Flowers and rich foliage at Chanticleer’s Pond Garden


Is any garden feature more alluring to people than a body of water? I think not. As Diana and I emerged from Chanticleer‘s shady, green Asian Woods during our early June visit, the sunlit and flowery Pond Garden greeted us (the pond was hidden from view at first), set off by a verdant lawn leading up to Chanticleer House in the distance. I had to explore!


To orient you, let’s jump across the pond to the uphill side so we can look down on the whole scene. The pond garden looks small from here, but it actually emcompasses a series of small ponds surrounded by coarse, flowering plants and bright and dark foliage combos.


Zooming in for a closer look, let’s admire white waterlilies…


…burgundy-and-gold spuria iris…


…and the sunshine-yellow spires of Carolina lupine (Thermopsis villosa).


The bees like them too.


Friendly koi


White daisies against rusty red Japanese maple


While the pond garden was abloom with early summer flowers, it also showcased beautiful foliage combinations, especially with dramatic contrasts of gold and burgundy.


Like this groundcovering chartreuse bamboo (I think) and burgundy columnar tree.


Lovely


One more


Really, there was gold enough to make King Midas happy.


Trollius chinensis ‘Golden Queen’


Primrose in the foreground


Primrose in sunset hues


Diana stopped to photograph them too.


Coming back around to where I entered the garden, I admired the long view again, with golden foliage and pink phlox in the foreground.


The broadly striped lawn leads up toward the Ruin Garden — and someone’s pointing the way — but I’m not ready to show you that just yet.


A short way upslope from the pond, a stone-pillared arbor offers a shady spot to look out over the ponds. Four throne-like wooden chairs evoke Cair Paravel.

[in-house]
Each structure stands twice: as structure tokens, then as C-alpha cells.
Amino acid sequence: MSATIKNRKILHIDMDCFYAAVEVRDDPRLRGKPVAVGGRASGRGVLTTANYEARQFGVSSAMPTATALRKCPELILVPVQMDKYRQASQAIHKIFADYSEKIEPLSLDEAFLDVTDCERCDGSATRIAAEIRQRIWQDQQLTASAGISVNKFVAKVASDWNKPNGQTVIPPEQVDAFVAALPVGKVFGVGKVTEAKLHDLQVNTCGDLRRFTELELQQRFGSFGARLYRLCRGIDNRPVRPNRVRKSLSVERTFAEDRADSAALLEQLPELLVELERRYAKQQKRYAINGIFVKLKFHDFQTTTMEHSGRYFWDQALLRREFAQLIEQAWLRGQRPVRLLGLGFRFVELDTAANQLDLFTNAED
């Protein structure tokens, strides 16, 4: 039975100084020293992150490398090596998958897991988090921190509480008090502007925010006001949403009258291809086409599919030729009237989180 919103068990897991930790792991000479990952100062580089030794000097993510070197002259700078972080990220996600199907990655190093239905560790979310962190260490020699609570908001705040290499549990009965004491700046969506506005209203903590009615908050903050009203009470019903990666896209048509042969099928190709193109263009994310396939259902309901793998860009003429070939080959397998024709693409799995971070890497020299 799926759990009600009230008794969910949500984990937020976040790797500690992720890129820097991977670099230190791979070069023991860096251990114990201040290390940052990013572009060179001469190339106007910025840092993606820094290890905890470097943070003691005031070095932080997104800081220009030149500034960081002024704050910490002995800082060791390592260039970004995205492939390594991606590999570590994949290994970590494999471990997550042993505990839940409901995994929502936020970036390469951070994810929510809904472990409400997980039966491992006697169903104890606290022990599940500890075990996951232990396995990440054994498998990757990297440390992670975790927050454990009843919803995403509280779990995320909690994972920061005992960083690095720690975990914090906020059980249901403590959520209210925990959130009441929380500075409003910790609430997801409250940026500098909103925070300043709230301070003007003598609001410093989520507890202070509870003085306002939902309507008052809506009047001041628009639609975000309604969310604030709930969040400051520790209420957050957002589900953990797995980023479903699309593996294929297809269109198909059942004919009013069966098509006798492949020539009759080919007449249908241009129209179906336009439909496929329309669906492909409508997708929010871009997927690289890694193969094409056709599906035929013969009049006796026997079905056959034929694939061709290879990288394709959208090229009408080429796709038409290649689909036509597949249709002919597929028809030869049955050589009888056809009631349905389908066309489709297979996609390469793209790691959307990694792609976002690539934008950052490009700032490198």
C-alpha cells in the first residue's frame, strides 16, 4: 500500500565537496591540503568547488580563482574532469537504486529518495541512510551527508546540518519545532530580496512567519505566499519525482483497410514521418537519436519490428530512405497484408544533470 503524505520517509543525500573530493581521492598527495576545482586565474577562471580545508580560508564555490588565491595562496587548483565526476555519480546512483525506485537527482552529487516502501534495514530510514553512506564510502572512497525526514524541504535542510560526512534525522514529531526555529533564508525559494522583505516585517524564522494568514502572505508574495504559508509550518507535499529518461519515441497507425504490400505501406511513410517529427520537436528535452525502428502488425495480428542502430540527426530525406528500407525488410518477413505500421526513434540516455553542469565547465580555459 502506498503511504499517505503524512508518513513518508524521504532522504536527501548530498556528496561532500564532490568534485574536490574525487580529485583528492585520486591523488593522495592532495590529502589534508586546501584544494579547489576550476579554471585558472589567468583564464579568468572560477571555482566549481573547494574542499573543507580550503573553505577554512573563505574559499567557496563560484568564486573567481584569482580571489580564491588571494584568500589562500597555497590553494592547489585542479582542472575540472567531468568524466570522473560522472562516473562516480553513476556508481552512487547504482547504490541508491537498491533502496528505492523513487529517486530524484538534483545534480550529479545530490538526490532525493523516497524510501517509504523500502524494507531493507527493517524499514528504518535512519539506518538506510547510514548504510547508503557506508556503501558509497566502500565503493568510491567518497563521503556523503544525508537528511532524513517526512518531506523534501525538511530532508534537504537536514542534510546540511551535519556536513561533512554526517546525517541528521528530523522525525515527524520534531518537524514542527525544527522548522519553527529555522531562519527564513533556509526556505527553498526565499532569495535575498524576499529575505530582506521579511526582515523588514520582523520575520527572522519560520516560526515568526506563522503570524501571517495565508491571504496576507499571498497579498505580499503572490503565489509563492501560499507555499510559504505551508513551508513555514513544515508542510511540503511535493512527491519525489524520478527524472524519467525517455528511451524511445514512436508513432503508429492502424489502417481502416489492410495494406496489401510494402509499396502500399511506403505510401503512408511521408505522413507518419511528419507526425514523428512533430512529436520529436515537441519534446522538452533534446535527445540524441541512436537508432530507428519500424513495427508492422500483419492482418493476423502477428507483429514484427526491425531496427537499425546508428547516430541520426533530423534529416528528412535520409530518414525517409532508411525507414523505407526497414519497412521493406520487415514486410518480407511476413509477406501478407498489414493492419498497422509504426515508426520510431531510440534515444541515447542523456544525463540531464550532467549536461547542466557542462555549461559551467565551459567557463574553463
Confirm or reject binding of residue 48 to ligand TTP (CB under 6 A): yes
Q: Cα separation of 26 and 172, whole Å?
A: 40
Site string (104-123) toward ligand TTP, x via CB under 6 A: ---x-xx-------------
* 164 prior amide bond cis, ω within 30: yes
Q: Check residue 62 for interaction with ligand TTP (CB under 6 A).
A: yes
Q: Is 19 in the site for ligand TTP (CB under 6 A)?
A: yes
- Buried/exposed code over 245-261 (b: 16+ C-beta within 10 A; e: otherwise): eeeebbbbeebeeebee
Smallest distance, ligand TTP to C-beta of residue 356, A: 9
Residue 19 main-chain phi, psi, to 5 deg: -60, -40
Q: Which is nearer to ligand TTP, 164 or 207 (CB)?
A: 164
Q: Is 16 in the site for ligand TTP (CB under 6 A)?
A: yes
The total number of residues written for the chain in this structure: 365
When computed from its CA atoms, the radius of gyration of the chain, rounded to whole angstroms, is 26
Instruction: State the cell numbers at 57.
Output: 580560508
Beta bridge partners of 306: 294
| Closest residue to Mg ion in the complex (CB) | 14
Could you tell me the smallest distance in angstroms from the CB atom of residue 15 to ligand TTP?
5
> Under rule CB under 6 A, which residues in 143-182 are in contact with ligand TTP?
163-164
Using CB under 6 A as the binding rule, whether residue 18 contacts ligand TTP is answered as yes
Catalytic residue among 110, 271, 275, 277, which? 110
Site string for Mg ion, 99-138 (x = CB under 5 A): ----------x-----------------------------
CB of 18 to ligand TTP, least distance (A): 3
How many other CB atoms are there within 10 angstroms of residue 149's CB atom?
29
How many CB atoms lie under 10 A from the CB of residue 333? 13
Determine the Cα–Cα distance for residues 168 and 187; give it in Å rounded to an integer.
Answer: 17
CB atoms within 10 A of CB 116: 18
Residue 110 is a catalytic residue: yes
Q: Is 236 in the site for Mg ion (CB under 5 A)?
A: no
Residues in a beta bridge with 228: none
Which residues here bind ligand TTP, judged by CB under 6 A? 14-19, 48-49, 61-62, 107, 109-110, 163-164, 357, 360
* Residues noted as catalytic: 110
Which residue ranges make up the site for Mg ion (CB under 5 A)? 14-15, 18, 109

Queen Diana the Adventurous tries one out.


Moving on…


…is that the Stone Table? No, just a stone bench for a couple enjoying the view…


…which is quite nice.


Clematis ‘Huldine’ (if I’ve ID’d it correctly) was shining like moonlight on water.


I hope you’ve enjoyed this tour of Chanticleer’s Pond Garden!

Up Next: Chanticleer’s Tennis Court Garden of gold and white. For a look back at the Elevated Walkway’s meadow garden and the green Asian Woods Garden, click here.

I welcome your comments; please scroll to the end of this post to leave one. If you’re reading this in a subscription email, click here to visit Digging and find the comment box at the end of each post.
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All material © 2006-2016 by Pam Penick for Digging. Unauthorized reproduction prohibited.

Up on Chanticleer’s elevated walkway and Asian Woods Garden


From the formal House Garden at Chanticleer, the garden path steps off into space — or rather, onto the new elevated walkway that provides an accessible, curving descent down a sloping meadow of foxtail lilies, feathergrass, bee balm, coneflowers, and other sun lovers.


I visited Chanticleer, a theatrical “pleasure garden” in the Philadelphia area, in early June. For my traveling companion Diana, it was a first visit. For me, it was a long-anticipated return after 8 years. In the interval, I visited the home garden of Berkeley, California, artist Marcia Donahue, whose rooster-combed bamboo sculptures adorn the upper part of Chanticleer’s elevated walkway garden.


“Cockadoodle Booooooo,” one sculpture proclaims — another play on the Chanticleer name (i.e., “rooster”).


I’ve seen Marcia’s ceramic bamboo pieces in several gardens over the years, including at Peckerwood Garden in Hempstead, Texas. They’re very recognizable.


The walkway doubles back on itself like an “S” to descend the slope, offering lovely views across the main lawn, eye-catching with mown stripes. In the distance, a pair of Adirondack chairs occupies the middle of the lawn, and I saw people lounging there for quite a while.


No lounging for us though. There was just too much to see, like these tangerine foxtail lilies (Eremurus x isabellinus ‘Cleopatra’)…